Research Team Awarded NSF Hazards SEES Project on Reducing Uncertainty in Decision-making in Hurricanes
Purdue University, led by Prof. Satish Ukkusuri along with researchers from Virginia Tech and North Dakota State University, have been selected to receive a $2.5 million National Science Foundation Hazards SEES grant to understand the role of uncertainty in hurricane evacuation decision-making.
This interdisciplinary project will develop next-generation data-driven tools for capturing and mitigating uncertainty in hazards such as hurricanes. Recent hurricanes demonstrate the importance of developing new scientific methods in area of hazards. Hurricane Sandy is estimated to have caused more than $70 billion in losses in the NY-NJ region while Hurricane Katrina caused significant loss of life; and Hurricanes Katrina and Rita caused traffic chaos. This project will develop data-driven modeling, social science and computational systems science approaches leveraging recent advancements in data gathering which ultimately improve the safety of evacuations. The outcomes from this project will assist emergency managers and agencies to anticipate transportation and sheltering needs, and enhance community planning prior to and after hurricanes. These improvements will lead to lower evacuation costs, stress, and loss of life.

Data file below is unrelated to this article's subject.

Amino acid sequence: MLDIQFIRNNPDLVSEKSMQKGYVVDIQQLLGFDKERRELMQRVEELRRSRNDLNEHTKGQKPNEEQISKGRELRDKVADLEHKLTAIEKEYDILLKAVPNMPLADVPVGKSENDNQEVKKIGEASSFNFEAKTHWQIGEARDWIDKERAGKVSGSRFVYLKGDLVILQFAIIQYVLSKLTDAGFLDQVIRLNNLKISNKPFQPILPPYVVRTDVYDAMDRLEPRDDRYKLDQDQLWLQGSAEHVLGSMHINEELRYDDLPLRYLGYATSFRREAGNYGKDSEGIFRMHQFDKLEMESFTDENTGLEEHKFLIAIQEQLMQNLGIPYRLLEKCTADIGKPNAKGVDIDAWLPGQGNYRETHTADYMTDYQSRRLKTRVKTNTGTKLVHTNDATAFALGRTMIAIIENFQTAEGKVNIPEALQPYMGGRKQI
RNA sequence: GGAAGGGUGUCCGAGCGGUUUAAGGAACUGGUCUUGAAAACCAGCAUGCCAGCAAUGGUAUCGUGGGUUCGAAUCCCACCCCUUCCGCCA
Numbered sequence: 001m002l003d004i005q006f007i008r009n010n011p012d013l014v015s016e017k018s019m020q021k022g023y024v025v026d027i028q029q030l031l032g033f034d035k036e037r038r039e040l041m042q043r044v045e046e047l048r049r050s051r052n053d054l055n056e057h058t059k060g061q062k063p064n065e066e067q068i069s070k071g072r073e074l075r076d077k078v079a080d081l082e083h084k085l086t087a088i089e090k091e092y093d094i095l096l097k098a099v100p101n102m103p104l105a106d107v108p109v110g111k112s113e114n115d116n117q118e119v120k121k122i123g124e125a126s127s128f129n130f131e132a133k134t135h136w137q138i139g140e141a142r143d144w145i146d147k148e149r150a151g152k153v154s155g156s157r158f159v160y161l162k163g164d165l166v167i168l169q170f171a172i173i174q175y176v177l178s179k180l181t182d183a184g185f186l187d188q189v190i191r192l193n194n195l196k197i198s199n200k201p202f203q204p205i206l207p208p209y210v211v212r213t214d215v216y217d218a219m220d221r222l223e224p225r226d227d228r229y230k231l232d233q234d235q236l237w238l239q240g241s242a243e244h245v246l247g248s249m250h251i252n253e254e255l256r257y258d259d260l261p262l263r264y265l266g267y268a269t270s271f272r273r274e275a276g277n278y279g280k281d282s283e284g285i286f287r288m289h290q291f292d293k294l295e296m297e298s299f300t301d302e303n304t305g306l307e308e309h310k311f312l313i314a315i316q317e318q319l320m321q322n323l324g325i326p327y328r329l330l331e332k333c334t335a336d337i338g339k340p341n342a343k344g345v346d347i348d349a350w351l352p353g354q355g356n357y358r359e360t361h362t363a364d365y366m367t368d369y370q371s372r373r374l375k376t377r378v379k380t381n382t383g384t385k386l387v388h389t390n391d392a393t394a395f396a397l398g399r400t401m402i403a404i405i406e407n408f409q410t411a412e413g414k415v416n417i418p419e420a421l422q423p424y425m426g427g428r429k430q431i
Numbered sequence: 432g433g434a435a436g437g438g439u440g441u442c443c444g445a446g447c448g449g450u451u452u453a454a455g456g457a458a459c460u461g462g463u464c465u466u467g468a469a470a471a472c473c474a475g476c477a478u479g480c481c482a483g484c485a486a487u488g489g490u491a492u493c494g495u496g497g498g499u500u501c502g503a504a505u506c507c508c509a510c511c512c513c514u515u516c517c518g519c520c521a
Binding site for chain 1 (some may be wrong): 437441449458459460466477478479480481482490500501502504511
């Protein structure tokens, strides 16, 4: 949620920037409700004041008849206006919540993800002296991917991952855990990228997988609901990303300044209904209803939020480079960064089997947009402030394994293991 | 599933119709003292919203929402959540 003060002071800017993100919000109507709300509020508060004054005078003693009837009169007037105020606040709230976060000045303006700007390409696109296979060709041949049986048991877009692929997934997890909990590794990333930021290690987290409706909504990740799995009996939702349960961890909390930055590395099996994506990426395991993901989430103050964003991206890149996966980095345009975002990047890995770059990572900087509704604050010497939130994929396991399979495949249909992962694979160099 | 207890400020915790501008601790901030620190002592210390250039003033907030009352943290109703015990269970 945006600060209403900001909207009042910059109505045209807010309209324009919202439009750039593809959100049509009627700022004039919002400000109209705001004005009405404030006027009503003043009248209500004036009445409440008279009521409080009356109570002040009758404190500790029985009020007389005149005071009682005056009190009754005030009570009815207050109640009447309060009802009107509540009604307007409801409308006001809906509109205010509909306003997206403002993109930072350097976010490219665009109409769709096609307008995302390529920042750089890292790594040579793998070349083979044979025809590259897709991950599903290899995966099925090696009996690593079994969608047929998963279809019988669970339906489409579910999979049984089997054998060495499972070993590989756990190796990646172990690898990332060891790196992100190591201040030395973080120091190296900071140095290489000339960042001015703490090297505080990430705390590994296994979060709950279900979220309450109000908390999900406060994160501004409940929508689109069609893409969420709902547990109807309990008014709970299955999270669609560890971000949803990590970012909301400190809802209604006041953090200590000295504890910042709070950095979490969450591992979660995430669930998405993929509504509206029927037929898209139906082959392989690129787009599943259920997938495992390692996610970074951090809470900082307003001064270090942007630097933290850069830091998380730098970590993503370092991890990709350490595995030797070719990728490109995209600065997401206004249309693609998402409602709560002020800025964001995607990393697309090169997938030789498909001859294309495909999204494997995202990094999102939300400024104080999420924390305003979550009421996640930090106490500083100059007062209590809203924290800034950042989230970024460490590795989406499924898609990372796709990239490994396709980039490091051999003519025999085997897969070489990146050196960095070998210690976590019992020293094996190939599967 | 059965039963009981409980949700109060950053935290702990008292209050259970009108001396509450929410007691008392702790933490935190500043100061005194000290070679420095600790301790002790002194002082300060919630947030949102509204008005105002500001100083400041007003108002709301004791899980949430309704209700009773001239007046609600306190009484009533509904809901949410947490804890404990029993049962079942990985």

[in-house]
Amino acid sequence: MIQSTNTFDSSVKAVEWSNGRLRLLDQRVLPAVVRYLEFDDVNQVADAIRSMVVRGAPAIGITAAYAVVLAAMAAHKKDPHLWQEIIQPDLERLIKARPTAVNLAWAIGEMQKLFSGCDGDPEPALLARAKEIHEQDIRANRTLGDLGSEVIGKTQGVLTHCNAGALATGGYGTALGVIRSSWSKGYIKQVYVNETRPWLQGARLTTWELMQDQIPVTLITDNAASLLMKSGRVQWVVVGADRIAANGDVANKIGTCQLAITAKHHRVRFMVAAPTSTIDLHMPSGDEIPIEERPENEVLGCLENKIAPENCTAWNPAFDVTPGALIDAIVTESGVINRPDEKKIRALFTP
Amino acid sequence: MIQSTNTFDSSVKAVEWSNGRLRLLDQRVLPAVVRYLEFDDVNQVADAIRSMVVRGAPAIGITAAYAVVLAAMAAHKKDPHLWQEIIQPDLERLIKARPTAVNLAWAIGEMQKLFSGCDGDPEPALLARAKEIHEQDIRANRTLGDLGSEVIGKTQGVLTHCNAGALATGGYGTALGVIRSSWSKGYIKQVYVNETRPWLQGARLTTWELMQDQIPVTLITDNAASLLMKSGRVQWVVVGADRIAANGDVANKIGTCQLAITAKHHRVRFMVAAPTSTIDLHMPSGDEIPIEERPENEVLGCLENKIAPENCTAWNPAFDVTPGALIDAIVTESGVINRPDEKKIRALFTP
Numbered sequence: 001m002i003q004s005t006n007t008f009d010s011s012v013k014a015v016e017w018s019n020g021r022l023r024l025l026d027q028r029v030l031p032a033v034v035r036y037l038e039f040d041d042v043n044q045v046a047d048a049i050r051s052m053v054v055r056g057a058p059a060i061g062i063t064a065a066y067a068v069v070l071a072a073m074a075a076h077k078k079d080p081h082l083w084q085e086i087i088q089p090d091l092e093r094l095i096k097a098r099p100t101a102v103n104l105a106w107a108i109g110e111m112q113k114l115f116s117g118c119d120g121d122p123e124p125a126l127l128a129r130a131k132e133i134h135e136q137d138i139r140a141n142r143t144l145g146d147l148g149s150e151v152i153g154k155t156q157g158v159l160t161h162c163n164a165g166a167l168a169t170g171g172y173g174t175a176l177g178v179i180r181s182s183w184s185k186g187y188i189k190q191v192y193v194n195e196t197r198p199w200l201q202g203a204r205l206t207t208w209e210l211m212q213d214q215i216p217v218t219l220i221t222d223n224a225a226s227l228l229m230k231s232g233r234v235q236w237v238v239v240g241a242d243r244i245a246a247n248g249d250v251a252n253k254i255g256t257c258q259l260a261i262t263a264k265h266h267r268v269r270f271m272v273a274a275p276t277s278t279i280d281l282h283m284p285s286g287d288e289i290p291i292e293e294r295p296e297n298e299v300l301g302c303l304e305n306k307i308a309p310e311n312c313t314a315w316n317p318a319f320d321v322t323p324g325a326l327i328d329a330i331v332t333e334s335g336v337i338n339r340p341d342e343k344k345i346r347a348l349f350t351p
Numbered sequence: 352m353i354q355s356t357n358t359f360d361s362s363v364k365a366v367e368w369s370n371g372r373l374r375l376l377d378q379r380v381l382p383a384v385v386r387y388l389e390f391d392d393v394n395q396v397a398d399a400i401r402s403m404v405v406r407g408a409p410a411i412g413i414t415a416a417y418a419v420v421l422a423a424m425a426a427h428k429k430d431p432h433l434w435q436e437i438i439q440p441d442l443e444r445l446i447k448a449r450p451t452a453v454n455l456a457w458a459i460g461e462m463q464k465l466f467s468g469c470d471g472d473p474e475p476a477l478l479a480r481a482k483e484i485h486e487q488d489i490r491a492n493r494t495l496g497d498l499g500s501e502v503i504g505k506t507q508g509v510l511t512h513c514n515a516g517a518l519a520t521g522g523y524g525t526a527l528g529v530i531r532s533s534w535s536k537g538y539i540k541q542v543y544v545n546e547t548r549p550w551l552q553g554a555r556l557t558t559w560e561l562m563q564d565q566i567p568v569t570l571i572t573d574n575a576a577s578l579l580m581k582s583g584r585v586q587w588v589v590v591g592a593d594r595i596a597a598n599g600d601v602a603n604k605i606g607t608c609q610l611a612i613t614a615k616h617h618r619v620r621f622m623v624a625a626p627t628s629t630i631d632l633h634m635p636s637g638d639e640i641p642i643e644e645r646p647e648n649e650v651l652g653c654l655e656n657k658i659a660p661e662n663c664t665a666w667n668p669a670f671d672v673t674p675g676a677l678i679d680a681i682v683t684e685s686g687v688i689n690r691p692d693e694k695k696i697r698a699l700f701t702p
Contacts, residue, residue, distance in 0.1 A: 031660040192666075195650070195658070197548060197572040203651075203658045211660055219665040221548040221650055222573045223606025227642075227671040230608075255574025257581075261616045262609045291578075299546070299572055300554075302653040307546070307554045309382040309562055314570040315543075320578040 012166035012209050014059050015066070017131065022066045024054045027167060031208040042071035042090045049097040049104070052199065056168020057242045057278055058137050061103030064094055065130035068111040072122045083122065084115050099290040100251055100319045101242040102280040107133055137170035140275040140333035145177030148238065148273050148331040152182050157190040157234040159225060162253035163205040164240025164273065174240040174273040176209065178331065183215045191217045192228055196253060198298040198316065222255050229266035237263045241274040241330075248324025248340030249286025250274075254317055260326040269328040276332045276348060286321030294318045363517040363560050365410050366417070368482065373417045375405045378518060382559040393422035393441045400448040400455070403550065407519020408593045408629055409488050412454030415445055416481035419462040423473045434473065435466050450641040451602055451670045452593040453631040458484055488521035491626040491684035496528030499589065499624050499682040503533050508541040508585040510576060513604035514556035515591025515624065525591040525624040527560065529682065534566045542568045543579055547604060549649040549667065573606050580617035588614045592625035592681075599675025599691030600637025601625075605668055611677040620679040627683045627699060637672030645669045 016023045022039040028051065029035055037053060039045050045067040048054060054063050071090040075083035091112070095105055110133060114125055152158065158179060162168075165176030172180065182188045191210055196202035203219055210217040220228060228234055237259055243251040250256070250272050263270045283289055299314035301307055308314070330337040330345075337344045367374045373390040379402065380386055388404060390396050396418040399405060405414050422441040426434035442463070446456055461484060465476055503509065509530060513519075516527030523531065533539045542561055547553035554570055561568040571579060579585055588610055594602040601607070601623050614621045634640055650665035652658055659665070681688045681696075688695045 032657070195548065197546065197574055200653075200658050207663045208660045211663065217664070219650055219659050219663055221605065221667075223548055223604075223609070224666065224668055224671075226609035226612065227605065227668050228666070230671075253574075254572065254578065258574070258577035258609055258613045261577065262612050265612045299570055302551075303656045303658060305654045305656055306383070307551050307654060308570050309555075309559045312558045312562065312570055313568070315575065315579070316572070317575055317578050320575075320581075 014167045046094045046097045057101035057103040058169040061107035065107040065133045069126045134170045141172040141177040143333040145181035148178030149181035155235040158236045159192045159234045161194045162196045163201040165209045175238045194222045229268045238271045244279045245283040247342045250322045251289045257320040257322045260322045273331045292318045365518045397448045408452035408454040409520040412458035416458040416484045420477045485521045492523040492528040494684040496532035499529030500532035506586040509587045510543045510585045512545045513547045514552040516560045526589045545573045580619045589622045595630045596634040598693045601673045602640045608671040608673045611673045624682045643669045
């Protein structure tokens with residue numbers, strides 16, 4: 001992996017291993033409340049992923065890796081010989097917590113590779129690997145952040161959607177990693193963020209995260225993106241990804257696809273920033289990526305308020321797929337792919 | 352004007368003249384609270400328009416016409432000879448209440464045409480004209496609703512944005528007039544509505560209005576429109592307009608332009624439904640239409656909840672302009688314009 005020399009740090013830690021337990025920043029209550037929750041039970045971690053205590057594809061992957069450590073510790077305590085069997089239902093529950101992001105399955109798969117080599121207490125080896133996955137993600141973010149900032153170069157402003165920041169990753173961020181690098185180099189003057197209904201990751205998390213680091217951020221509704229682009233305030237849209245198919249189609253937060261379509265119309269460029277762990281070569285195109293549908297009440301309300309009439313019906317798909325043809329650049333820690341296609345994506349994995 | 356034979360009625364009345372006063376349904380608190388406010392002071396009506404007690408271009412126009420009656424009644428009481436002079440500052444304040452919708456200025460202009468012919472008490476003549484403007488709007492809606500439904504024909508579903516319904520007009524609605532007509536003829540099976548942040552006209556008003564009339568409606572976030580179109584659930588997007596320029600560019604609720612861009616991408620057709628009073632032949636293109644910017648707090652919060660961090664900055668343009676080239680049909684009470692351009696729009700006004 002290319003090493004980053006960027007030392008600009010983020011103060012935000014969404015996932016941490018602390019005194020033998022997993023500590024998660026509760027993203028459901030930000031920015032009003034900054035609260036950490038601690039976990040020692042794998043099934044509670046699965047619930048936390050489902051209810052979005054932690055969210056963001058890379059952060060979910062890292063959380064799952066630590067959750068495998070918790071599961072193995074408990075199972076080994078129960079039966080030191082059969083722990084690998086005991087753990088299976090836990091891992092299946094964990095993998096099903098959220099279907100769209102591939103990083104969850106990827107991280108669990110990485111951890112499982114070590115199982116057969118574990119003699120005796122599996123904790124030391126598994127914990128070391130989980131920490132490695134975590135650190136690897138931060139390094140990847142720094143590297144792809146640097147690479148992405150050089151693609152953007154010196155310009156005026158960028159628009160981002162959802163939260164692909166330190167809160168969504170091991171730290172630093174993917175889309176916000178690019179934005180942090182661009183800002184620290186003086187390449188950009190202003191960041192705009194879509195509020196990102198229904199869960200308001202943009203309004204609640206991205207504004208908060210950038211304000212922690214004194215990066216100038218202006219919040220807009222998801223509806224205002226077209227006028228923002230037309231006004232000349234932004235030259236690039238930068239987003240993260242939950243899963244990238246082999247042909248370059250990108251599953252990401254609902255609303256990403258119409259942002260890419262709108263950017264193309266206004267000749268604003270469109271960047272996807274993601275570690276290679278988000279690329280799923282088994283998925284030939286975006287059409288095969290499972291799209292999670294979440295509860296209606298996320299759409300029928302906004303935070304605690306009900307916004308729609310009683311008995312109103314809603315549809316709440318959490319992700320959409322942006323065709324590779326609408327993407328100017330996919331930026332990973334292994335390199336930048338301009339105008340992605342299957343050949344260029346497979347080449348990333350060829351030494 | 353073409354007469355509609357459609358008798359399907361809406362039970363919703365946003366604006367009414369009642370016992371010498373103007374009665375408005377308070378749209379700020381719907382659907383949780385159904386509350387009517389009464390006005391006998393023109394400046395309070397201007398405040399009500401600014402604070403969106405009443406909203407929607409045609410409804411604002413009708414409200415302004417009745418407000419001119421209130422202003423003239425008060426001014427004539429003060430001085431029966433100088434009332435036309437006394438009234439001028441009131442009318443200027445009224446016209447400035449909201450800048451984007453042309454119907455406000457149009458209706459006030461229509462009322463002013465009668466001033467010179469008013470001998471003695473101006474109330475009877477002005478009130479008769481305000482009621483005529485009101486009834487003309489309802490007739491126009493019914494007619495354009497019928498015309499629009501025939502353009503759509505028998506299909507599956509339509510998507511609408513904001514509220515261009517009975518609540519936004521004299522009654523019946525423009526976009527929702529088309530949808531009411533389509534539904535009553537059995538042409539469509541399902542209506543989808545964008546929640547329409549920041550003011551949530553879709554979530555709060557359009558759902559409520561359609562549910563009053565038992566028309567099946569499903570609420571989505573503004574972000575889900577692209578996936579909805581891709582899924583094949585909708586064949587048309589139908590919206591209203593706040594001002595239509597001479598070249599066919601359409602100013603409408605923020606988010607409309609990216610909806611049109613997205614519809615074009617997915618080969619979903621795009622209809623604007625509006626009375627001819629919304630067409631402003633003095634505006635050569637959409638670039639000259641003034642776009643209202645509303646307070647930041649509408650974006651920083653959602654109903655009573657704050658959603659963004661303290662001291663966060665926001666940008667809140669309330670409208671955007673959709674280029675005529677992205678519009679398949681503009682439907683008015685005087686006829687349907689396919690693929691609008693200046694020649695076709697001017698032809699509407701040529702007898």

The multi-university team is a collaboration of top researchers from Purdue (Satish Ukkusuri from Civil Engineering, Seungyoon Lee from Communication and Milind Kulkarni from Electrical and Computer Engineering), North Dakota State University (Yue Ge and Daniel Klenow from Emergency Management) and Virginia Tech (Pamela Murray-Tuite from Civil Engineering). The research will promote the integration of household behaviors with traffic simulation leading to better policies that will translate into safer evacuations and saving lives.
The project involves collecting novel data through post-hurricane mail surveys, personal interviews, web experiments, social media, and process tracking software and developing new integrative scientific approaches to modeling household level behaviors and social network effects across households and other stakeholders. This project will develop new understanding of household level decision-making behaviors, how individuals and agencies process uncertainty at different instances of the hurricane onset, and the consequences of the household decisions on city-scale traffic congestion, using computational sciences as a supporting discipline. In addition, this project will model evacuation logistics for hurricanes. The project will provide a holistic approach to characterize, measure, and analyze uncertainty in various aspects of hurricane evacuation modeling, social networks, household decision making, and stochastic traffic modeling.
Additional details about the project can be found at: http://www.nsf.gov/awardsearch/showAward?AWD_ID=1520338